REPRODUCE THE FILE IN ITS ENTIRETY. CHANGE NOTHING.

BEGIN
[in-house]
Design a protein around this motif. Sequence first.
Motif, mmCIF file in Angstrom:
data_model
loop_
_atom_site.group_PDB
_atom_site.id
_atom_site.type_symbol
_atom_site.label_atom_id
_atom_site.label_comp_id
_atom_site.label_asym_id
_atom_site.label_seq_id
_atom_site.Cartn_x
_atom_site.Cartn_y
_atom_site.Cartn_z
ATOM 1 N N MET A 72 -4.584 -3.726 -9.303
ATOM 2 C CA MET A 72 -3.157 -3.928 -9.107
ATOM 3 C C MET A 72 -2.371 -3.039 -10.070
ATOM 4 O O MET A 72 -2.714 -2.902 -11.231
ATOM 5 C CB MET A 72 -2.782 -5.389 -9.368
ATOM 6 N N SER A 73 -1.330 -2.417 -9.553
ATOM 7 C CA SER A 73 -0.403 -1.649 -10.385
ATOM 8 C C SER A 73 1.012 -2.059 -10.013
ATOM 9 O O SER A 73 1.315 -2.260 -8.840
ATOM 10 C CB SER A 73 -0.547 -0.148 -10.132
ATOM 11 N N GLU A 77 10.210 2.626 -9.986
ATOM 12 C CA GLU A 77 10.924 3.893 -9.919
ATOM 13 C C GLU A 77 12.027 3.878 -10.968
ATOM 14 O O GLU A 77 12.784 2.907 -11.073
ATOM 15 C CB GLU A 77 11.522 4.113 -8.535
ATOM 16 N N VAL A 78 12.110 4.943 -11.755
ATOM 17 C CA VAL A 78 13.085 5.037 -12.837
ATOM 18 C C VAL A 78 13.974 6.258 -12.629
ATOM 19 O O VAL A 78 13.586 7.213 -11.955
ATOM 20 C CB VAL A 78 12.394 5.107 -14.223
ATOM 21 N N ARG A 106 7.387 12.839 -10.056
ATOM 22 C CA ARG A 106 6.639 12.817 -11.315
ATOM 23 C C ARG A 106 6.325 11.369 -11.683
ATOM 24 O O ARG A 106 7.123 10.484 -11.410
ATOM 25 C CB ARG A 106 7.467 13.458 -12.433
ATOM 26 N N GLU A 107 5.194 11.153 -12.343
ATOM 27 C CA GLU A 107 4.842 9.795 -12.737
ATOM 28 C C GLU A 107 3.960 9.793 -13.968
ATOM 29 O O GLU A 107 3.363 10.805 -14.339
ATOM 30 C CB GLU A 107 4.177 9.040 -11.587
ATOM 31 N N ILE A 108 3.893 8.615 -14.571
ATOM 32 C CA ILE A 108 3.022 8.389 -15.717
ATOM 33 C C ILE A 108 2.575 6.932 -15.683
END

[in-house]
Design a protein around this motif. Sequence first.
Motif, mmCIF file in Angstrom:
data_model
loop_
_atom_site.group_PDB
_atom_site.id
_atom_site.type_symbol
_atom_site.label_atom_id
_atom_site.label_comp_id
_atom_site.label_asym_id
_atom_site.label_seq_id
_atom_site.Cartn_x
_atom_site.Cartn_y
_atom_site.Cartn_z
ATOM 1 N N MET A 72 -4.584 -3.726 -9.303
ATOM 2 C CA MET A 72 -3.157 -3.928 -9.107
ATOM 3 C C MET A 72 -2.371 -3.039 -10.070
ATOM 4 O O MET A 72 -2.714 -2.902 -11.231
ATOM 5 C CB MET A 72 -2.782 -5.389 -9.368
ATOM 6 N N SER A 73 -1.330 -2.417 -9.553
ATOM 7 C CA SER A 73 -0.403 -1.649 -10.385
ATOM 8 C C SER A 73 1.012 -2.059 -10.013
ATOM 9 O O SER A 73 1.315 -2.260 -8.840
ATOM 10 C CB SER A 73 -0.547 -0.148 -10.132
ATOM 11 N N GLU A 77 10.210 2.626 -9.986
ATOM 12 C CA GLU A 77 10.924 3.893 -9.919
ATOM 13 C C GLU A 77 12.027 3.878 -10.968
ATOM 14 O O GLU A 77 12.784 2.907 -11.073
ATOM 15 C CB GLU A 77 11.522 4.113 -8.535
ATOM 16 N N VAL A 78 12.110 4.943 -11.755
ATOM 17 C CA VAL A 78 13.085 5.037 -12.837
ATOM 18 C C VAL A 78 13.974 6.258 -12.629
ATOM 19 O O VAL A 78 13.586 7.213 -11.955
ATOM 20 C CB VAL A 78 12.394 5.107 -14.223
ATOM 21 N N ARG A 106 7.387 12.839 -10.056
ATOM 22 C CA ARG A 106 6.639 12.817 -11.315
ATOM 23 C C ARG A 106 6.325 11.369 -11.683
ATOM 24 O O ARG A 106 7.123 10.484 -11.410
ATOM 25 C CB ARG A 106 7.467 13.458 -12.433
ATOM 26 N N GLU A 107 5.194 11.153 -12.343
ATOM 27 C CA GLU A 107 4.842 9.795 -12.737
ATOM 28 C C GLU A 107 3.960 9.793 -13.968
ATOM 29 O O GLU A 107 3.363 10.805 -14.339
ATOM 30 C CB GLU A 107 4.177 9.040 -11.587
ATOM 31 N N ILE A 108 3.893 8.615 -14.571
ATOM 32 C CA ILE A 108 3.022 8.389 -15.717
ATOM 33 C C ILE A 108 2.575 6.932 -15.683